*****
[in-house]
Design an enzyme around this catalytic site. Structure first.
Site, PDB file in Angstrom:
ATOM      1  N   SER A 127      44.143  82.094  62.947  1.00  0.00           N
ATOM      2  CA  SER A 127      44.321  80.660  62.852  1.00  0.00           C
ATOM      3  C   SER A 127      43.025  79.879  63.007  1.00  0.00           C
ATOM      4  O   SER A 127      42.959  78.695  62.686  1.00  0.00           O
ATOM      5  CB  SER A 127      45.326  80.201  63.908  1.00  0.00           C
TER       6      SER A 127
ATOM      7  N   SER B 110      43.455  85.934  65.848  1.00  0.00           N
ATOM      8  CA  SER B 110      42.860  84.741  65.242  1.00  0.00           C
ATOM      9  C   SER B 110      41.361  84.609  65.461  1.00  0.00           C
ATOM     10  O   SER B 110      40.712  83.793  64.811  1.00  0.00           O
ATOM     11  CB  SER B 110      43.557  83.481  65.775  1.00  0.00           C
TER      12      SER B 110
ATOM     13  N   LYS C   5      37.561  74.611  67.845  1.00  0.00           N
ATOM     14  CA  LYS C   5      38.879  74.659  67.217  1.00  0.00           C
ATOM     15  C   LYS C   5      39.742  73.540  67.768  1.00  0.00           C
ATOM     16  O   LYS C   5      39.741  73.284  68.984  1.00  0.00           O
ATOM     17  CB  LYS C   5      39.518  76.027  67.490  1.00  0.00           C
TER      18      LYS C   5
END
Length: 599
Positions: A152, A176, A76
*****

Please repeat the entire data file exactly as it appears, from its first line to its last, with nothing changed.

[in-house]
Design an enzyme around this catalytic site. Structure first.
Site, PDB file in Angstrom:
ATOM      1  N   SER A 127      44.143  82.094  62.947  1.00  0.00           N
ATOM      2  CA  SER A 127      44.321  80.660  62.852  1.00  0.00           C
ATOM      3  C   SER A 127      43.025  79.879  63.007  1.00  0.00           C
ATOM      4  O   SER A 127      42.959  78.695  62.686  1.00  0.00           O
ATOM      5  CB  SER A 127      45.326  80.201  63.908  1.00  0.00           C
TER       6      SER A 127
ATOM      7  N   SER B 110      43.455  85.934  65.848  1.00  0.00           N
ATOM      8  CA  SER B 110      42.860  84.741  65.242  1.00  0.00           C
ATOM      9  C   SER B 110      41.361  84.609  65.461  1.00  0.00           C
ATOM     10  O   SER B 110      40.712  83.793  64.811  1.00  0.00           O
ATOM     11  CB  SER B 110      43.557  83.481  65.775  1.00  0.00           C
TER      12      SER B 110
ATOM     13  N   LYS C   5      37.561  74.611  67.845  1.00  0.00           N
ATOM     14  CA  LYS C   5      38.879  74.659  67.217  1.00  0.00           C
ATOM     15  C   LYS C   5      39.742  73.540  67.768  1.00  0.00           C
ATOM     16  O   LYS C   5      39.741  73.284  68.984  1.00  0.00           O
ATOM     17  CB  LYS C   5      39.518  76.027  67.490  1.00  0.00           C
TER      18      LYS C   5
END
Length: 599
Positions: A152, A176, A76